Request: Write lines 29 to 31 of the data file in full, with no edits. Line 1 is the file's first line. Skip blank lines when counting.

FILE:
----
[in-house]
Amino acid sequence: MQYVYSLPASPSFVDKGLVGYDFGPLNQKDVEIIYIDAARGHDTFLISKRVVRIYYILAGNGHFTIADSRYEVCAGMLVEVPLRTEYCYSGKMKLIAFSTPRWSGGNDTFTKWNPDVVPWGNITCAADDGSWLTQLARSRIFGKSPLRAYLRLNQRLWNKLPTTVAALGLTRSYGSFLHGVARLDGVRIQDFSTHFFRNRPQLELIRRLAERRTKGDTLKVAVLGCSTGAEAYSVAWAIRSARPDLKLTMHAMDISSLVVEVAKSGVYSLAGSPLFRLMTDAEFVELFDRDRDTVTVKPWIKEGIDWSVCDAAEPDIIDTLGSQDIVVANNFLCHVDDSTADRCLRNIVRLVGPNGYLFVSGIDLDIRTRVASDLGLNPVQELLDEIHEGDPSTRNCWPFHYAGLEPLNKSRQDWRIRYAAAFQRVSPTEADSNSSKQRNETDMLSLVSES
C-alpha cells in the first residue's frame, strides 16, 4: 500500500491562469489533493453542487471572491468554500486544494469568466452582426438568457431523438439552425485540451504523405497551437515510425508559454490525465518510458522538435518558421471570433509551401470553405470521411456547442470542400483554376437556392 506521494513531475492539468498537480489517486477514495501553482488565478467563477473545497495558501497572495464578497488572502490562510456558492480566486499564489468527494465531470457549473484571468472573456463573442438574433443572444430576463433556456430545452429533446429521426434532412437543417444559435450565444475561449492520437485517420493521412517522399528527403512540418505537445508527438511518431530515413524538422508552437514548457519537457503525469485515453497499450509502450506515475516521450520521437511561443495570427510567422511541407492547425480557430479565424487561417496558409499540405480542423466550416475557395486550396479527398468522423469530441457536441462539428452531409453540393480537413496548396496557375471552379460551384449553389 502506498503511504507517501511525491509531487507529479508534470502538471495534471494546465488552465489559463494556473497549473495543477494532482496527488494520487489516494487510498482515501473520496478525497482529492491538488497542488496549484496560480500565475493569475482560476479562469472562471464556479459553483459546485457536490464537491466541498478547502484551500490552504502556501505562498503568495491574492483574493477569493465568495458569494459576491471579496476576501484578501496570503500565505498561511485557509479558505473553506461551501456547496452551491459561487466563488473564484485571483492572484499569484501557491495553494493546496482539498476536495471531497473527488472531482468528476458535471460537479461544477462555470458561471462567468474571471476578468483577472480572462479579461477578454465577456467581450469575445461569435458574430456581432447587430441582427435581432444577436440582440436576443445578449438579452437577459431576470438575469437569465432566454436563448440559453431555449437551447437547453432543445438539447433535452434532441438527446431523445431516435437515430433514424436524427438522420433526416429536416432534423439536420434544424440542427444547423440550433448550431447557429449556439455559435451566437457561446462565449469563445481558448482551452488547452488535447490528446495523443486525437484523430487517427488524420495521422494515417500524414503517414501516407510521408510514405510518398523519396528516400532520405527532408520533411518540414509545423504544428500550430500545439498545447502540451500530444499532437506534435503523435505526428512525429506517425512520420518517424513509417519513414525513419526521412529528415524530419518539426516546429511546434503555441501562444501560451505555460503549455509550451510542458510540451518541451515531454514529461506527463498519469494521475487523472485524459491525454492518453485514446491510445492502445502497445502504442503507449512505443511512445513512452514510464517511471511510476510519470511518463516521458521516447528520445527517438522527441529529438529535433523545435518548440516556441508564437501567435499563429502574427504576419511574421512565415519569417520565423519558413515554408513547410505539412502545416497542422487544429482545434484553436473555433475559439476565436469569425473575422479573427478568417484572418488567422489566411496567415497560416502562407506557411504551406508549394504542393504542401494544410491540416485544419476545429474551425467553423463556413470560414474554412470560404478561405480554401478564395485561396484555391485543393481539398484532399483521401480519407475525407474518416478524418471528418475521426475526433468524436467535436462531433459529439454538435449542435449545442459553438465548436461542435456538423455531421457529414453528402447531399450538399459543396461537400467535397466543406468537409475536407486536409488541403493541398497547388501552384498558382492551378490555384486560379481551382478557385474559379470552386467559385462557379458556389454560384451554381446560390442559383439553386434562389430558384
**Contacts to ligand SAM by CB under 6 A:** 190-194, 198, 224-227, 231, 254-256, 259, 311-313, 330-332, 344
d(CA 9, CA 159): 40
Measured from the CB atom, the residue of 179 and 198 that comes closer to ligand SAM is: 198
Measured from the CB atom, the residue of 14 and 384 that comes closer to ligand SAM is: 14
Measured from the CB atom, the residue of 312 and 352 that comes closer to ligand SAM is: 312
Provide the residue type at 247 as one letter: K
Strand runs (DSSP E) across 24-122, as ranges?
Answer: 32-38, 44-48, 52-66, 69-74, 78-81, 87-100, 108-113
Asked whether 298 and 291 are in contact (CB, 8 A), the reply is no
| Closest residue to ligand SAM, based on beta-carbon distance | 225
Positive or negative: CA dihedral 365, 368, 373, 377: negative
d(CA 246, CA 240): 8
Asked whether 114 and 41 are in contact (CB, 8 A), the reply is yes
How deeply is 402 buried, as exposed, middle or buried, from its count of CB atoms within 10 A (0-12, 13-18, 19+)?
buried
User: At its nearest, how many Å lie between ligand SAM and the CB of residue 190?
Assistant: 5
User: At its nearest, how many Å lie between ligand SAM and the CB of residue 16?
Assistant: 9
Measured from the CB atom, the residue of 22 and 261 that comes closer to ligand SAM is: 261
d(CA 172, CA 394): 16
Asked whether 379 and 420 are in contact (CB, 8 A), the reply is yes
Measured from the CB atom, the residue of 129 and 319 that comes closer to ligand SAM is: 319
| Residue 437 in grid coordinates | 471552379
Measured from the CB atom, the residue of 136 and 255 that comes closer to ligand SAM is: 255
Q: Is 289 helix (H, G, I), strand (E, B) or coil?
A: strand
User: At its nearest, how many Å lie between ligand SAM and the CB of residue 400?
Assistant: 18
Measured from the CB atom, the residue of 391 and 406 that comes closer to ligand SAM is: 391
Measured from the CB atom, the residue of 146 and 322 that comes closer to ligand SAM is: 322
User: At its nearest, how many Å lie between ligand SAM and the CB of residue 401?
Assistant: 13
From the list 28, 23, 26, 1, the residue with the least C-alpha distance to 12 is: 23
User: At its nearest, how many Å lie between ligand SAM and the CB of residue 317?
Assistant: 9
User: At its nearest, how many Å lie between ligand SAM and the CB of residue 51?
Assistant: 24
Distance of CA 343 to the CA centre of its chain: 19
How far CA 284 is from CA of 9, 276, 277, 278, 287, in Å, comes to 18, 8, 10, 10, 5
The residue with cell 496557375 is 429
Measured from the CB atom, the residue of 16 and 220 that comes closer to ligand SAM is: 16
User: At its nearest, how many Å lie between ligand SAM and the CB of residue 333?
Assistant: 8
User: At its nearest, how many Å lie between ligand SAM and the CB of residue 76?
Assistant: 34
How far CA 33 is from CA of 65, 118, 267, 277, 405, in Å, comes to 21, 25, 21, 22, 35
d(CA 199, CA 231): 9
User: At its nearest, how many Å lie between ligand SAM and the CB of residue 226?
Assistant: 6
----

Q: Is 289 helix (H, G, I), strand (E, B) or coil?
A: strand
User: At its nearest, how many Å lie between ligand SAM and the CB of residue 400?